Organizations are rapidly realizing that improvisation is a valuable tool in many of the situations that arise in business (and life) and how effortlessly they can weave its tenets into their work.

Why Improvisation?

I recently spoke with a professor at the University of Colorado, Boulder, who told me that a student in one of his advertising classes, a communications major, was trying to get a job and felt that if she was interviewing against two other applicants who majored in business, she would be the third choice. The professor agreed that on paper, she might be. His advice? Take an improv class.

Understanding improvisation means you’re better equipped to say, “Yes, and …”; to listen actively; to heighten ideas; to think more creatively and on your feet; and to make the other person look good. Improv works, because it’s not about being funny; it’s about supporting and connecting, which is where creativity lives and ideas flourish. As Jill Eickmann, artistic director and co-founder of improvisational theater and training center Leela, recently wrote in a blog post for Cooper Professional Education: “If there’s anything we can count on right now, it’s change … Improvisors can turn on a dime. They respond quickly and confidently to change.”

Who’s Doing It?

Twenty or even 10 years ago, improv was not thought of much outside of small boutique theaters. But in the last five years, improvisation and the concepts it instills have become popular in both academia and business. A vast majority of high schools and universities have at least one improv club or team, and top-tier business Schools like Stanford, Duke, MIT, Notre Dame and UCLA have incorporated improv into their curriculum.

In years past, organizations brought in motivational speakers, coaches or even magicians for presentations and entertainment. But what’s the takeaway? Employees may feel inspired or motivated, but that feeling dissipates quickly. The impact of understanding improvisation is lasting, and learners come away with the tools to adapt more quickly and effectively.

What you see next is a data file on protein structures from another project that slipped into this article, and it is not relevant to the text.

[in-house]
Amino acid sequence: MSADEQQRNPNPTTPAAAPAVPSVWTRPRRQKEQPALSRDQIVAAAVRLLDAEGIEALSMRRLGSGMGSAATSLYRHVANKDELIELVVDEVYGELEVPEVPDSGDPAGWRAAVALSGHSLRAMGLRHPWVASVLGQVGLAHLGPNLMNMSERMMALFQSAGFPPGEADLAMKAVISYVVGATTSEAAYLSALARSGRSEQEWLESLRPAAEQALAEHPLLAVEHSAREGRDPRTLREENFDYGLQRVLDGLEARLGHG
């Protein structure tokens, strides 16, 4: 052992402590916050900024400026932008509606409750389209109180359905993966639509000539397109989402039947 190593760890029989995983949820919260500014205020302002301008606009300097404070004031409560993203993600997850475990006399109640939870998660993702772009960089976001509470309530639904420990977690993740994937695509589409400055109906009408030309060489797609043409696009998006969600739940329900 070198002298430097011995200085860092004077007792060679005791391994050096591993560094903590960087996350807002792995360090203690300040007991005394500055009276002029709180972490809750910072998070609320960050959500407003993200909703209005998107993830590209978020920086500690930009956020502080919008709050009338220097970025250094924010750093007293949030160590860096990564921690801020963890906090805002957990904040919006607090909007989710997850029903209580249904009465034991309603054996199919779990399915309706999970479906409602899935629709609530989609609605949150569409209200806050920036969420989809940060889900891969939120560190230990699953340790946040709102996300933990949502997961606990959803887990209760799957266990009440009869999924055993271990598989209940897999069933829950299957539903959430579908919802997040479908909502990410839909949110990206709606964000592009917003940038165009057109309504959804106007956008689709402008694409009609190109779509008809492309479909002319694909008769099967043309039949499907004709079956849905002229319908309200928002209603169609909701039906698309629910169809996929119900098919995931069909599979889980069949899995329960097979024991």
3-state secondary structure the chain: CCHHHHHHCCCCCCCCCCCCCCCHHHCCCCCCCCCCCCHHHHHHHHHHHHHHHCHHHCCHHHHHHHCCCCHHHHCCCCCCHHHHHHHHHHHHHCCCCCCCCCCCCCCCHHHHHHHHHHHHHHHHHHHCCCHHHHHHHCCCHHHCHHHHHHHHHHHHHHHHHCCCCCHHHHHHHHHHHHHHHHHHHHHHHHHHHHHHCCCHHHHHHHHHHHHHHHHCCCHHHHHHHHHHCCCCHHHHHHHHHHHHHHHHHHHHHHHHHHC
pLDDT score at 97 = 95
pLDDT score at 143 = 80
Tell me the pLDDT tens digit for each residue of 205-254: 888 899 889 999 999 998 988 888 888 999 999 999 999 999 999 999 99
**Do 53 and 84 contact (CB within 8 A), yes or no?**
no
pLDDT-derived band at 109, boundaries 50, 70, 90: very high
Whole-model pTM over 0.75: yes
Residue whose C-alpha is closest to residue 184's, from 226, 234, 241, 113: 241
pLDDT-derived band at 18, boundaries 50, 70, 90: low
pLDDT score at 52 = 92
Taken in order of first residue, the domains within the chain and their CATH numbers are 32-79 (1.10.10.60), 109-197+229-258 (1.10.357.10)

Ford Motor Company has an in-house improv director who works with its accountants, lawyers, plant workers and other employees, and even the Centers for Disease Control (CDC) headquarters in Atlanta is leveraging the benefits of learning improv.

What About Online?

Thanks to the coronavirus pandemic, much of business has moved online, and many companies have experienced success in doing so. Others, however, are experiencing “Zoom fatigue” and employee burnout. Managers are learning to supervise from a distance, but engaging and motivating staff remotely can be a challenge. Lack of professional and social interaction can reduce teamwork, morale and productivity — which is where improvisation can prove to be a welcome antidote.

In bigger groups, improv is conveyed in a lecture format, but a lot of companies opt for a smaller setting, in which five to 20 employees receive instruction from an improv expert. This facilitator explains and introduces improv concepts and shares examples of research that illustrates the success it can impart. Then, it’s time for a game or two. After a few shared laughs, the facilitator helps the group explore what they learned and how they can use it going forward. In most cases, virtual sessions last about an hour or so. Some organizations use lunch-and-learns, some implement a weekly series, and some have even incorporated improv seminars into an online happy hour.

It’s learning with levity — and who couldn’t use some levity these days?